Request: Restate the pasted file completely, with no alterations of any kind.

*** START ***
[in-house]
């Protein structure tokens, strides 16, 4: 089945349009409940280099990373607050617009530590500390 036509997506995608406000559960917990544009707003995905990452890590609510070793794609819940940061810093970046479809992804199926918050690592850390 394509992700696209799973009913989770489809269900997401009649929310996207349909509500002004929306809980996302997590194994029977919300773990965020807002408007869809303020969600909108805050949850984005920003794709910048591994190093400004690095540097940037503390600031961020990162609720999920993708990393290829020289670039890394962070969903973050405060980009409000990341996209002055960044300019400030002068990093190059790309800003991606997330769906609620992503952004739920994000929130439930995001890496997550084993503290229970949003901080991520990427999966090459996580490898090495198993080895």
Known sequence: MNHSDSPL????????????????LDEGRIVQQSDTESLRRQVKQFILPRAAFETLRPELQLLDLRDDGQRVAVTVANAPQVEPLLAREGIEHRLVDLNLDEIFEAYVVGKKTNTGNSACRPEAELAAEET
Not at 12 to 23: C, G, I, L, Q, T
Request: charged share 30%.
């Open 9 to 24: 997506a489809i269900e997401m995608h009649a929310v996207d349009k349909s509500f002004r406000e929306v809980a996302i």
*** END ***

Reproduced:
[in-house]
């Protein structure tokens, strides 16, 4: 089945349009409940280099990373607050617009530590500390 036509997506995608406000559960917990544009707003995905990452890590609510070793794609819940940061810093970046479809992804199926918050690592850390 394509992700696209799973009913989770489809269900997401009649929310996207349909509500002004929306809980996302997590194994029977919300773990965020807002408007869809303020969600909108805050949850984005920003794709910048591994190093400004690095540097940037503390600031961020990162609720999920993708990393290829020289670039890394962070969903973050405060980009409000990341996209002055960044300019400030002068990093190059790309800003991606997330769906609620992503952004739920994000929130439930995001890496997550084993503290229970949003901080991520990427999966090459996580490898090495198993080895």
Known sequence: MNHSDSPL????????????????LDEGRIVQQSDTESLRRQVKQFILPRAAFETLRPELQLLDLRDDGQRVAVTVANAPQVEPLLAREGIEHRLVDLNLDEIFEAYVVGKKTNTGNSACRPEAELAAEET
Not at 12 to 23: C, G, I, L, Q, T
Request: charged share 30%.
């Open 9 to 24: 997506a489809i269900e997401m995608h009649a929310v996207d349009k349909s509500f002004r406000e929306v809980a996302i």